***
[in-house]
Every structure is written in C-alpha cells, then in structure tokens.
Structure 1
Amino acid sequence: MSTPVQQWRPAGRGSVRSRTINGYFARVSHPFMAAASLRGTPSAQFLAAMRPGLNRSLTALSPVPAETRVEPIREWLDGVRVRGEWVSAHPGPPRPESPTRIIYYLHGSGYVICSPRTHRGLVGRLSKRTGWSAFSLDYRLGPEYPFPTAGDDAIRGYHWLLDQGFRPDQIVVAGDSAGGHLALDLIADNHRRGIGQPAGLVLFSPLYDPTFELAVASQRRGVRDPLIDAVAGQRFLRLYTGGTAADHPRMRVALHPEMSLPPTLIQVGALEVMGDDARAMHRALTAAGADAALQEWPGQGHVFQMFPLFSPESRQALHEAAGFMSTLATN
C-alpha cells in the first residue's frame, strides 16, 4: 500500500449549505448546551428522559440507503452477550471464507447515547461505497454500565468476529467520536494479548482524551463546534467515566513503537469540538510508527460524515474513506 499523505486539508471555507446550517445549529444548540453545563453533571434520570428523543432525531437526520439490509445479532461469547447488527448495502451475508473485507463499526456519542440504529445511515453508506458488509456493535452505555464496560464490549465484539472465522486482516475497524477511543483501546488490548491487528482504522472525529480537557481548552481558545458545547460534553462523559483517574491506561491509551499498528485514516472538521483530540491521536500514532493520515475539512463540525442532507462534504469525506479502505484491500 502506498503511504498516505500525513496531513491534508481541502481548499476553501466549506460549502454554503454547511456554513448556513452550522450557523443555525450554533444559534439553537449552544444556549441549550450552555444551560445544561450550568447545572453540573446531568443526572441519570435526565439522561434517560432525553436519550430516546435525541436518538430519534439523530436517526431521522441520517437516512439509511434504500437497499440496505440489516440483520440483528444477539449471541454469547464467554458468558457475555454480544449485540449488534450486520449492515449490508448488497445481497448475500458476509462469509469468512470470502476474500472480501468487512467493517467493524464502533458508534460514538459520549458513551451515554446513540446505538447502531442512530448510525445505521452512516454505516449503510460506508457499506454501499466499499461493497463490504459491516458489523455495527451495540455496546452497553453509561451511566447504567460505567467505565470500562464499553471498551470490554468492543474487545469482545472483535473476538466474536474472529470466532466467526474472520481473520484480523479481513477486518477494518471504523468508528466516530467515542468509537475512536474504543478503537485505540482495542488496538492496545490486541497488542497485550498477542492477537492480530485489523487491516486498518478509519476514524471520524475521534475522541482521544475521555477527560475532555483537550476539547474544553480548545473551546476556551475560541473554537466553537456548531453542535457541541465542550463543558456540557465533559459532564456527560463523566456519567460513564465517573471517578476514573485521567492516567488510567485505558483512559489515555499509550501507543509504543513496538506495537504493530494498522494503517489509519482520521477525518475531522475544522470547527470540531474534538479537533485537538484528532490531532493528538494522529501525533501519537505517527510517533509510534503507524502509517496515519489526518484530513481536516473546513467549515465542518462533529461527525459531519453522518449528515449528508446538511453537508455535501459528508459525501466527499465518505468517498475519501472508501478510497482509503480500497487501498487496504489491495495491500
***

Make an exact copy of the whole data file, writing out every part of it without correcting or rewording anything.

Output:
[in-house]
Every structure is written in C-alpha cells, then in structure tokens.
Structure 1
Amino acid sequence: MSTPVQQWRPAGRGSVRSRTINGYFARVSHPFMAAASLRGTPSAQFLAAMRPGLNRSLTALSPVPAETRVEPIREWLDGVRVRGEWVSAHPGPPRPESPTRIIYYLHGSGYVICSPRTHRGLVGRLSKRTGWSAFSLDYRLGPEYPFPTAGDDAIRGYHWLLDQGFRPDQIVVAGDSAGGHLALDLIADNHRRGIGQPAGLVLFSPLYDPTFELAVASQRRGVRDPLIDAVAGQRFLRLYTGGTAADHPRMRVALHPEMSLPPTLIQVGALEVMGDDARAMHRALTAAGADAALQEWPGQGHVFQMFPLFSPESRQALHEAAGFMSTLATN
C-alpha cells in the first residue's frame, strides 16, 4: 500500500449549505448546551428522559440507503452477550471464507447515547461505497454500565468476529467520536494479548482524551463546534467515566513503537469540538510508527460524515474513506 499523505486539508471555507446550517445549529444548540453545563453533571434520570428523543432525531437526520439490509445479532461469547447488527448495502451475508473485507463499526456519542440504529445511515453508506458488509456493535452505555464496560464490549465484539472465522486482516475497524477511543483501546488490548491487528482504522472525529480537557481548552481558545458545547460534553462523559483517574491506561491509551499498528485514516472538521483530540491521536500514532493520515475539512463540525442532507462534504469525506479502505484491500 502506498503511504498516505500525513496531513491534508481541502481548499476553501466549506460549502454554503454547511456554513448556513452550522450557523443555525450554533444559534439553537449552544444556549441549550450552555444551560445544561450550568447545572453540573446531568443526572441519570435526565439522561434517560432525553436519550430516546435525541436518538430519534439523530436517526431521522441520517437516512439509511434504500437497499440496505440489516440483520440483528444477539449471541454469547464467554458468558457475555454480544449485540449488534450486520449492515449490508448488497445481497448475500458476509462469509469468512470470502476474500472480501468487512467493517467493524464502533458508534460514538459520549458513551451515554446513540446505538447502531442512530448510525445505521452512516454505516449503510460506508457499506454501499466499499461493497463490504459491516458489523455495527451495540455496546452497553453509561451511566447504567460505567467505565470500562464499553471498551470490554468492543474487545469482545472483535473476538466474536474472529470466532466467526474472520481473520484480523479481513477486518477494518471504523468508528466516530467515542468509537475512536474504543478503537485505540482495542488496538492496545490486541497488542497485550498477542492477537492480530485489523487491516486498518478509519476514524471520524475521534475522541482521544475521555477527560475532555483537550476539547474544553480548545473551546476556551475560541473554537466553537456548531453542535457541541465542550463543558456540557465533559459532564456527560463523566456519567460513564465517573471517578476514573485521567492516567488510567485505558483512559489515555499509550501507543509504543513496538506495537504493530494498522494503517489509519482520521477525518475531522475544522470547527470540531474534538479537533485537538484528532490531532493528538494522529501525533501519537505517527510517533509510534503507524502509517496515519489526518484530513481536516473546513467549515465542518462533529461527525459531519453522518449528515449528508446538511453537508455535501459528508459525501466527499465518505468517498475519501472508501478510497482509503480500497487501498487496504489491495495491500